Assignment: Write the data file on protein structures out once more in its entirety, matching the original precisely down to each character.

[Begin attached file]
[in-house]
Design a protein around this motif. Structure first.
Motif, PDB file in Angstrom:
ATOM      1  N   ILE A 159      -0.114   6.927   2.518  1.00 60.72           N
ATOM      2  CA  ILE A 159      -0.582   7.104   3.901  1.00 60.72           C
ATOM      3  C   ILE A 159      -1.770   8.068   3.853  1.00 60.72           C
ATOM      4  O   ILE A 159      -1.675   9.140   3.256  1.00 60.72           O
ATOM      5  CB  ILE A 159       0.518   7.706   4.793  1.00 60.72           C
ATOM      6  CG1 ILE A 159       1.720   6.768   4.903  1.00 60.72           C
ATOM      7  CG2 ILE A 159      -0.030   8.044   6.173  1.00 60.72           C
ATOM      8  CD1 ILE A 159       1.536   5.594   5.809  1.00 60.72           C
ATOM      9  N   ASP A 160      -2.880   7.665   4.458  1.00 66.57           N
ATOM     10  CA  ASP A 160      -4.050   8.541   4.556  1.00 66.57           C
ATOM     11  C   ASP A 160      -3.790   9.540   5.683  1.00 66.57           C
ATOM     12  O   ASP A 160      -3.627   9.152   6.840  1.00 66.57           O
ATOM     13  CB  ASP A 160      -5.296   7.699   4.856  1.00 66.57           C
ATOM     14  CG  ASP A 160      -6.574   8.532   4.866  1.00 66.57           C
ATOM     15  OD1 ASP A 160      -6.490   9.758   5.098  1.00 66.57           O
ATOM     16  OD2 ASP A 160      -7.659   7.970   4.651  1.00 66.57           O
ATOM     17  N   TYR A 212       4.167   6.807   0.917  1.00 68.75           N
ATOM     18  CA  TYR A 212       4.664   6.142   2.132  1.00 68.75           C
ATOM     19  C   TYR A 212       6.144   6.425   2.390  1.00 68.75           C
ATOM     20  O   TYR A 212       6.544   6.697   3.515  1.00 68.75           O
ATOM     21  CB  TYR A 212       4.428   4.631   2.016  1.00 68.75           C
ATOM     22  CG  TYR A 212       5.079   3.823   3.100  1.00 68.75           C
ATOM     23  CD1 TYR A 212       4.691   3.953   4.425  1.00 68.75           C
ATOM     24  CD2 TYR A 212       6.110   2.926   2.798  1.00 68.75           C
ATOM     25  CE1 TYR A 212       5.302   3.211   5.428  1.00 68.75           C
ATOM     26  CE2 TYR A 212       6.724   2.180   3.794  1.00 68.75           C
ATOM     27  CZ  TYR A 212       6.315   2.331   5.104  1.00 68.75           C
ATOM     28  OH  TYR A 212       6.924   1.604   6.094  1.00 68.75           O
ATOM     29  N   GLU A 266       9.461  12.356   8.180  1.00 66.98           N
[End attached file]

[in-house]
Design a protein around this motif. Structure first.
Motif, PDB file in Angstrom:
ATOM      1  N   ILE A 159      -0.114   6.927   2.518  1.00 60.72           N
ATOM      2  CA  ILE A 159      -0.582   7.104   3.901  1.00 60.72           C
ATOM      3  C   ILE A 159      -1.770   8.068   3.853  1.00 60.72           C
ATOM      4  O   ILE A 159      -1.675   9.140   3.256  1.00 60.72           O
ATOM      5  CB  ILE A 159       0.518   7.706   4.793  1.00 60.72           C
ATOM      6  CG1 ILE A 159       1.720   6.768   4.903  1.00 60.72           C
ATOM      7  CG2 ILE A 159      -0.030   8.044   6.173  1.00 60.72           C
ATOM      8  CD1 ILE A 159       1.536   5.594   5.809  1.00 60.72           C
ATOM      9  N   ASP A 160      -2.880   7.665   4.458  1.00 66.57           N
ATOM     10  CA  ASP A 160      -4.050   8.541   4.556  1.00 66.57           C
ATOM     11  C   ASP A 160      -3.790   9.540   5.683  1.00 66.57           C
ATOM     12  O   ASP A 160      -3.627   9.152   6.840  1.00 66.57           O
ATOM     13  CB  ASP A 160      -5.296   7.699   4.856  1.00 66.57           C
ATOM     14  CG  ASP A 160      -6.574   8.532   4.866  1.00 66.57           C
ATOM     15  OD1 ASP A 160      -6.490   9.758   5.098  1.00 66.57           O
ATOM     16  OD2 ASP A 160      -7.659   7.970   4.651  1.00 66.57           O
ATOM     17  N   TYR A 212       4.167   6.807   0.917  1.00 68.75           N
ATOM     18  CA  TYR A 212       4.664   6.142   2.132  1.00 68.75           C
ATOM     19  C   TYR A 212       6.144   6.425   2.390  1.00 68.75           C
ATOM     20  O   TYR A 212       6.544   6.697   3.515  1.00 68.75           O
ATOM     21  CB  TYR A 212       4.428   4.631   2.016  1.00 68.75           C
ATOM     22  CG  TYR A 212       5.079   3.823   3.100  1.00 68.75           C
ATOM     23  CD1 TYR A 212       4.691   3.953   4.425  1.00 68.75           C
ATOM     24  CD2 TYR A 212       6.110   2.926   2.798  1.00 68.75           C
ATOM     25  CE1 TYR A 212       5.302   3.211   5.428  1.00 68.75           C
ATOM     26  CE2 TYR A 212       6.724   2.180   3.794  1.00 68.75           C
ATOM     27  CZ  TYR A 212       6.315   2.331   5.104  1.00 68.75           C
ATOM     28  OH  TYR A 212       6.924   1.604   6.094  1.00 68.75           O
ATOM     29  N   GLU A 266       9.461  12.356   8.180  1.00 66.98           N